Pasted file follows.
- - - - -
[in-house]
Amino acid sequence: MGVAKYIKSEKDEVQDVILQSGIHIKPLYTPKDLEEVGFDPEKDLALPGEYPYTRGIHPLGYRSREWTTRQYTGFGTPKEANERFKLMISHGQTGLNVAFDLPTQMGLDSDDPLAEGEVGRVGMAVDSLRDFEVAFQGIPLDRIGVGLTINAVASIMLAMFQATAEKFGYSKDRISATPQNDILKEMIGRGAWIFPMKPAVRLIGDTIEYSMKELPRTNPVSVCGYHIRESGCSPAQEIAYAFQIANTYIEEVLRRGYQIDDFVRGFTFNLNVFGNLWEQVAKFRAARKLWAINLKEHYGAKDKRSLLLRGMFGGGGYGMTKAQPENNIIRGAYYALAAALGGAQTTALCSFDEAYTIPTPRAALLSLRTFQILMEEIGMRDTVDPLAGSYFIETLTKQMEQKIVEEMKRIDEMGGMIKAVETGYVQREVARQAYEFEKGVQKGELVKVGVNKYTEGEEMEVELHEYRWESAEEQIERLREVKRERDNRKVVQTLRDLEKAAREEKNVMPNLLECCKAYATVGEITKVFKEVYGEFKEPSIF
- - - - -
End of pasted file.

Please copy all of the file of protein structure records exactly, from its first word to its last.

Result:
[in-house]
Amino acid sequence: MGVAKYIKSEKDEVQDVILQSGIHIKPLYTPKDLEEVGFDPEKDLALPGEYPYTRGIHPLGYRSREWTTRQYTGFGTPKEANERFKLMISHGQTGLNVAFDLPTQMGLDSDDPLAEGEVGRVGMAVDSLRDFEVAFQGIPLDRIGVGLTINAVASIMLAMFQATAEKFGYSKDRISATPQNDILKEMIGRGAWIFPMKPAVRLIGDTIEYSMKELPRTNPVSVCGYHIRESGCSPAQEIAYAFQIANTYIEEVLRRGYQIDDFVRGFTFNLNVFGNLWEQVAKFRAARKLWAINLKEHYGAKDKRSLLLRGMFGGGGYGMTKAQPENNIIRGAYYALAAALGGAQTTALCSFDEAYTIPTPRAALLSLRTFQILMEEIGMRDTVDPLAGSYFIETLTKQMEQKIVEEMKRIDEMGGMIKAVETGYVQREVARQAYEFEKGVQKGELVKVGVNKYTEGEEMEVELHEYRWESAEEQIERLREVKRERDNRKVVQTLRDLEKAAREEKNVMPNLLECCKAYATVGEITKVFKEVYGEFKEPSIF